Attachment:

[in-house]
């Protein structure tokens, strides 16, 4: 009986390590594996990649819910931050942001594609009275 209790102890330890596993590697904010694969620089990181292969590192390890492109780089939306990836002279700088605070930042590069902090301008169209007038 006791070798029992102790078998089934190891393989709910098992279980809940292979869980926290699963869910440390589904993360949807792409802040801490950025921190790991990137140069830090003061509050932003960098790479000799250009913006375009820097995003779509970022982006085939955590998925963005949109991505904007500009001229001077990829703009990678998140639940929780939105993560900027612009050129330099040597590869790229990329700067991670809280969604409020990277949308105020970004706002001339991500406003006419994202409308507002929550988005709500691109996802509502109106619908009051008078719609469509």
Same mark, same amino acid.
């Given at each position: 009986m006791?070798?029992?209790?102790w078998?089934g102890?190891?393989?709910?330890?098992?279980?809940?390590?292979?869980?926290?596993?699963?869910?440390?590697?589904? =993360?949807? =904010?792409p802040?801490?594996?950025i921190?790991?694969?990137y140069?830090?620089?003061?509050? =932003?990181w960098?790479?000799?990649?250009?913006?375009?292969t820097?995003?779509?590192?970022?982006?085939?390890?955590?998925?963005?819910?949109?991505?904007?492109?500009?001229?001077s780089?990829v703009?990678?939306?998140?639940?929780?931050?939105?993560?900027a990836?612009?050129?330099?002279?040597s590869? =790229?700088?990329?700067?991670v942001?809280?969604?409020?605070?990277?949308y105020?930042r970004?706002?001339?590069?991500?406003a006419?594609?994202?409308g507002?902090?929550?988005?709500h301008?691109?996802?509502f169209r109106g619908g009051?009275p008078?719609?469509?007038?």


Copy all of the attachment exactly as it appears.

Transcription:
[in-house]
């Protein structure tokens, strides 16, 4: 009986390590594996990649819910931050942001594609009275 209790102890330890596993590697904010694969620089990181292969590192390890492109780089939306990836002279700088605070930042590069902090301008169209007038 006791070798029992102790078998089934190891393989709910098992279980809940292979869980926290699963869910440390589904993360949807792409802040801490950025921190790991990137140069830090003061509050932003960098790479000799250009913006375009820097995003779509970022982006085939955590998925963005949109991505904007500009001229001077990829703009990678998140639940929780939105993560900027612009050129330099040597590869790229990329700067991670809280969604409020990277949308105020970004706002001339991500406003006419994202409308507002929550988005709500691109996802509502109106619908009051008078719609469509």
Same mark, same amino acid.
């Given at each position: 009986m006791?070798?029992?209790?102790w078998?089934g102890?190891?393989?709910?330890?098992?279980?809940?390590?292979?869980?926290?596993?699963?869910?440390?590697?589904? =993360?949807? =904010?792409p802040?801490?594996?950025i921190?790991?694969?990137y140069?830090?620089?003061?509050? =932003?990181w960098?790479?000799?990649?250009?913006?375009?292969t820097?995003?779509?590192?970022?982006?085939?390890?955590?998925?963005?819910?949109?991505?904007?492109?500009?001229?001077s780089?990829v703009?990678?939306?998140?639940?929780?931050?939105?993560?900027a990836?612009?050129?330099?002279?040597s590869? =790229?700088?990329?700067?991670v942001?809280?969604?409020?605070?990277?949308y105020?930042r970004?706002?001339?590069?991500?406003a006419?594609?994202?409308g507002?902090?929550?988005?709500h301008?691109?996802?509502f169209r109106g619908g009051?009275p008078?719609?469509?007038?």